What is melanin and how do sunburns happen?

May is skin cancer awareness month! Learn about your skin color and what happens when you get a tan or sunburn. #STEMvee #STEMinASL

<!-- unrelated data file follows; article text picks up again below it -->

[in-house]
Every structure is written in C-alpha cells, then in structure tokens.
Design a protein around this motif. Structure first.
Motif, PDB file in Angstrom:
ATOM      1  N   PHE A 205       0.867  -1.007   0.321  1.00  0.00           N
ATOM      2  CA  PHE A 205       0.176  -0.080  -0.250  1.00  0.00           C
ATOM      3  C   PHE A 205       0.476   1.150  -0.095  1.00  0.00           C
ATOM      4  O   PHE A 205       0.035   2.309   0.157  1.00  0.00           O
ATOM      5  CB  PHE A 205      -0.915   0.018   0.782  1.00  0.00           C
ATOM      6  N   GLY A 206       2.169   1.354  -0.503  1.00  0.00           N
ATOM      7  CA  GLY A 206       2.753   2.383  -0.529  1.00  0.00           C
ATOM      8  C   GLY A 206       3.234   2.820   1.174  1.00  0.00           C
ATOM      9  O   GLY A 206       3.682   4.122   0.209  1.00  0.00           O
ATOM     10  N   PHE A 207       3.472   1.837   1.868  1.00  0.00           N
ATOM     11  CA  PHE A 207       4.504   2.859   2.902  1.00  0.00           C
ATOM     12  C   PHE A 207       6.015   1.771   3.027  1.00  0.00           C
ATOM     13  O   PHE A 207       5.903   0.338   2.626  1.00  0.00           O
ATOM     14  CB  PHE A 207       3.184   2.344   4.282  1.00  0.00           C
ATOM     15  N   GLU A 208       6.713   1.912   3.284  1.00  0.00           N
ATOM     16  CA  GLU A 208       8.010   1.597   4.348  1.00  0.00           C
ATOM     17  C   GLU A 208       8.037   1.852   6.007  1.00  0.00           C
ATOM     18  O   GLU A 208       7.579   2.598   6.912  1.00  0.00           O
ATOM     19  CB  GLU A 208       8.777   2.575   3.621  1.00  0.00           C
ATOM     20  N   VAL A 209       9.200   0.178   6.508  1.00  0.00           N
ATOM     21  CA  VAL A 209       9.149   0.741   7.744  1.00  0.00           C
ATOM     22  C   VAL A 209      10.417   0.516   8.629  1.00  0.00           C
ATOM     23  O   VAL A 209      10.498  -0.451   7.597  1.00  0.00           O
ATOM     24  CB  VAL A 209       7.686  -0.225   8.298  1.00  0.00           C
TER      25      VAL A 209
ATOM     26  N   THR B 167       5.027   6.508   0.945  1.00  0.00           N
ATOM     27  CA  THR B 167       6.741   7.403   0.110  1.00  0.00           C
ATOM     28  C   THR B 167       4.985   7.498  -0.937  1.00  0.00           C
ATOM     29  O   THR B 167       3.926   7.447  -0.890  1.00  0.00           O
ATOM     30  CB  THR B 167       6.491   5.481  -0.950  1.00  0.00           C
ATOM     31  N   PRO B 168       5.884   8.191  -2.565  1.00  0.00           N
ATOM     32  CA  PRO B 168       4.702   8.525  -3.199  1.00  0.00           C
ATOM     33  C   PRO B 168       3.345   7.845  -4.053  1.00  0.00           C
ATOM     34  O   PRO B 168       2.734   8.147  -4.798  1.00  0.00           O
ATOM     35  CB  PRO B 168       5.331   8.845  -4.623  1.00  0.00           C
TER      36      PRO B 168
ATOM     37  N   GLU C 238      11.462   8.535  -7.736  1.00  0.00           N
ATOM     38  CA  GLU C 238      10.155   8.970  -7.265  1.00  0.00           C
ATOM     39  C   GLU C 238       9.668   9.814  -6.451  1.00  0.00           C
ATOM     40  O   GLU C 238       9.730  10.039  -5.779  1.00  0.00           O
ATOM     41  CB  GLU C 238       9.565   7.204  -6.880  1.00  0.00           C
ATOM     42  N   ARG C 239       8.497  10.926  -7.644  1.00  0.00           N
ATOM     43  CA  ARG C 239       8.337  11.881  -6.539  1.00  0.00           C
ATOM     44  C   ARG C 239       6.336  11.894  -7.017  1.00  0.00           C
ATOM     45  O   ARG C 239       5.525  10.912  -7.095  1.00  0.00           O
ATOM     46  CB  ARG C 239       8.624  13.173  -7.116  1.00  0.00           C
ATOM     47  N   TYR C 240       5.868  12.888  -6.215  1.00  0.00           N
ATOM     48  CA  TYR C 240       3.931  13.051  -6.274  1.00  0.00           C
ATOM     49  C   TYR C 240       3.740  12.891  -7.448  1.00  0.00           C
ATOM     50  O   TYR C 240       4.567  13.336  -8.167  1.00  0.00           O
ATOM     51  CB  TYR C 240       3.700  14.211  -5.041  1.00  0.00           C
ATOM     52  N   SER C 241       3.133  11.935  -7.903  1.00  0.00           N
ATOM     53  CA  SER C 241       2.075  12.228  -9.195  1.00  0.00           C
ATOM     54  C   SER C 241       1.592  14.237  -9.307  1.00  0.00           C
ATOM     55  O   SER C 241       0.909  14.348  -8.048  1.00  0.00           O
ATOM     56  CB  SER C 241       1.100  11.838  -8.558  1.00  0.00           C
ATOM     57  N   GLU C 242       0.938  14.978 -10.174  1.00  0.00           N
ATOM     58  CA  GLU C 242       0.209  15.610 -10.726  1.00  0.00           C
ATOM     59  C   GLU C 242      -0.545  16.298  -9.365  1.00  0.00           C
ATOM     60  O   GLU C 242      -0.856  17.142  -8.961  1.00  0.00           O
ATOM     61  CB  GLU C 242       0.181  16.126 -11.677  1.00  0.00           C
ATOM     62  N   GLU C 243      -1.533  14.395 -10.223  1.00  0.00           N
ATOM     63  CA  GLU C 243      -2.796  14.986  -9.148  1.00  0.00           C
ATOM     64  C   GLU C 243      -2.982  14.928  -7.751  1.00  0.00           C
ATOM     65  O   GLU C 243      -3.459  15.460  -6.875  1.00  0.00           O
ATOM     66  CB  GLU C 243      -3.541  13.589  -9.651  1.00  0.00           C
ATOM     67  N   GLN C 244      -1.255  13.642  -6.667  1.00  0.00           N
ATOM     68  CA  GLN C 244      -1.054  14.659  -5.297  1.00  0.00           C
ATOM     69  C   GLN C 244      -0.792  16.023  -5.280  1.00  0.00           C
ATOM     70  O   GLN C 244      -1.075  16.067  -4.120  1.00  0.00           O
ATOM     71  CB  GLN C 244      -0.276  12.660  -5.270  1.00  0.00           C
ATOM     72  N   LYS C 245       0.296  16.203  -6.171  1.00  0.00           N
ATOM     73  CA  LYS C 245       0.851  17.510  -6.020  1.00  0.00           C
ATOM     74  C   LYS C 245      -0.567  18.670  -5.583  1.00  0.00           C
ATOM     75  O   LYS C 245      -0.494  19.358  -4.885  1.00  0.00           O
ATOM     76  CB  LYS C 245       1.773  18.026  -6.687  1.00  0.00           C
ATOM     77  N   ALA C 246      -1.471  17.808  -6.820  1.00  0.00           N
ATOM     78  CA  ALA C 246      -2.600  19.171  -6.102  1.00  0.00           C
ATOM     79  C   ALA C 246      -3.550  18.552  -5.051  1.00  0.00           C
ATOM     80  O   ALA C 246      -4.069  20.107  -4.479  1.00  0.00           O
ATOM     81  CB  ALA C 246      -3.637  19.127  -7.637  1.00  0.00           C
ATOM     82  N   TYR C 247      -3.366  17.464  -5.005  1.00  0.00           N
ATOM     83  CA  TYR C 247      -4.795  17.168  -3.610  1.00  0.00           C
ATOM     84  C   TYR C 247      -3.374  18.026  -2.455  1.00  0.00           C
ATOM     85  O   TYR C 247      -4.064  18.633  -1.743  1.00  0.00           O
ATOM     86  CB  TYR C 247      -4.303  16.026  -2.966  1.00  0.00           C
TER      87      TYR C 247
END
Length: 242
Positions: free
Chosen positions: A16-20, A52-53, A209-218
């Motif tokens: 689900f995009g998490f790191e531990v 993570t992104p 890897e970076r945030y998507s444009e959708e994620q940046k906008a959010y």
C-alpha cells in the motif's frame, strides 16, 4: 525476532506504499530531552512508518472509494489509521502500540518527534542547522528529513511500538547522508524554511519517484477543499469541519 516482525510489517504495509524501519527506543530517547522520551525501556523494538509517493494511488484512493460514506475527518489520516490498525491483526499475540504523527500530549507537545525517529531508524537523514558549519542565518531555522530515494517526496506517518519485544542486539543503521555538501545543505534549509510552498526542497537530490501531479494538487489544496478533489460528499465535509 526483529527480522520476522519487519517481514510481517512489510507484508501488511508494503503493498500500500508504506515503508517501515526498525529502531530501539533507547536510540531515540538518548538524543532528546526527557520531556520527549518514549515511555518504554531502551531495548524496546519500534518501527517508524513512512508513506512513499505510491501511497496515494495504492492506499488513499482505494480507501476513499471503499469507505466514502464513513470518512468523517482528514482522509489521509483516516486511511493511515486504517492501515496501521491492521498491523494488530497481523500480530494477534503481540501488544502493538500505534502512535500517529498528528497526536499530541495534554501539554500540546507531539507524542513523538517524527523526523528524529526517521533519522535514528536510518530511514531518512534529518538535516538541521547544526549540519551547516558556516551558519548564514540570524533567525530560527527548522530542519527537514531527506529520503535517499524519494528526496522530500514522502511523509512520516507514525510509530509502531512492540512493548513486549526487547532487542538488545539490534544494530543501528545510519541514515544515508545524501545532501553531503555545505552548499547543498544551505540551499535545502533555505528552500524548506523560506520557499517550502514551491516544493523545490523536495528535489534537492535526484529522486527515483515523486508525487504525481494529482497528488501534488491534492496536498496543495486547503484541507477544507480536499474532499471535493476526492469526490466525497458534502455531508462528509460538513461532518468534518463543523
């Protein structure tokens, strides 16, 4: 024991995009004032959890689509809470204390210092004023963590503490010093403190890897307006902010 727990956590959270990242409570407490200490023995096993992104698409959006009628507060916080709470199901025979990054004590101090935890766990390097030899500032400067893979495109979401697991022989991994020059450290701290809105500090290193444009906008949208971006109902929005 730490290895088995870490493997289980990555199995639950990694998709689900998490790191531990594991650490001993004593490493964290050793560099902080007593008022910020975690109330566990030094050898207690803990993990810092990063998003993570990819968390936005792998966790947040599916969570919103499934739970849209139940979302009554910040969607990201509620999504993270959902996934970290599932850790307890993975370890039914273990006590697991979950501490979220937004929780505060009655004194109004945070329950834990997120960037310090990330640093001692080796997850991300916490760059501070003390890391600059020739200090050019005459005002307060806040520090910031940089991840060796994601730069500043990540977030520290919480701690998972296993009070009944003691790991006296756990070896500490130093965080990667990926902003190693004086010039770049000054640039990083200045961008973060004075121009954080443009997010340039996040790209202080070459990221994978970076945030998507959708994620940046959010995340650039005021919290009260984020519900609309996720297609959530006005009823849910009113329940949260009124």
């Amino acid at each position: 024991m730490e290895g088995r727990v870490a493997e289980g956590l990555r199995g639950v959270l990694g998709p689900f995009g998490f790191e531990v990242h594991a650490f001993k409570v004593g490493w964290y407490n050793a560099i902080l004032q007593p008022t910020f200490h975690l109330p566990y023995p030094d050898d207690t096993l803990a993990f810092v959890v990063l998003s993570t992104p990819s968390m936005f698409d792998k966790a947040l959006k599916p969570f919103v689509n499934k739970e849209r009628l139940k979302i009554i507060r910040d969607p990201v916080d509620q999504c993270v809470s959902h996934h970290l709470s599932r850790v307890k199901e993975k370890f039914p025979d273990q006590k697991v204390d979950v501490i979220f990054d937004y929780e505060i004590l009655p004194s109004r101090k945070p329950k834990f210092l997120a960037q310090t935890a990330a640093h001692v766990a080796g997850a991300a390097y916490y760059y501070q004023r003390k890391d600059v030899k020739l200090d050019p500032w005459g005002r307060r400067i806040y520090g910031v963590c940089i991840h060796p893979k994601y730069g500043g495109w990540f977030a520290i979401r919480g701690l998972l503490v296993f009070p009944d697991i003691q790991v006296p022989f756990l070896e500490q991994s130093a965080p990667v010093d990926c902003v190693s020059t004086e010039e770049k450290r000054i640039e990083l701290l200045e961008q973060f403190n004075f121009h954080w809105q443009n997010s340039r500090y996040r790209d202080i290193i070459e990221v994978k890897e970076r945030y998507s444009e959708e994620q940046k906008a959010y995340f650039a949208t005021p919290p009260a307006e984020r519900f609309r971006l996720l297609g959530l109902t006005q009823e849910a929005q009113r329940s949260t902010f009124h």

Transcript: Summer is practically here and it’s time to get some sun. But wait, first we all need to put on some sunscreen, it doesn’t matter how easily you tan or the color of your skin. When we go outside and feel the sun on our skin, there is ultraviolet (UV) radiation penetrating our skin. Two main types reach us here on earth, UVA and UVB. Both UVA and UVB can cause eye damage, skin aging, and skin cancer. UVA rays will penetrate deep into your skin and can lead to wrinkling, age spots, dullness, and loss of collagen. UVB will cause tans and sunburns. Both tans and sunburns cause the UV rays to damage the DNA in the cells which lead to cell death. When the UV rays are absorbed by our skin, it activates a certain cell type called melanocytes. These cells are responsible for the color of our skin due to a protein made in melanocytes. These proteins are called melanin and produce a brown pigment. We all have a similar number of melanocytes, but the number of proteins produced inside the cell varies. Those with darker skin will have more melanin production, and those with lighter skin will have less melanin production. This same idea also applies to eye color and hair color! So what does this have to do with the sun and sunburns? Well, the protein melanin also has another role in blocking out the damaging UV rays…up to a point. So those with lighter skin and less melanin get sunburns more often than those with darker skin and more melanin. If you get more UV rays than what your melanin can block, your cells will darken in color, but they will also get DNA damage and die. When these damaged cells are able to escape death, they become cancer cells. Skin cancer is the most common cancer worldwide and having 5 or more sunburns in your life, DOUBLES your risk for melanoma, a type of skin cancer. Keep in mind that everyone can get sunburn even if it is not easily visible and that anyone can get skin cancer. If you notice your skin feels hot, sensitive, and/or itchy after a day in the sun, you may have a sunburn. Those with darker skin have a higher rate of death from skin cancer due to being diagnosed at a later stage. So next time you go in the sun, make sure to put on some SPF 30 to prevent sunburn and aging!



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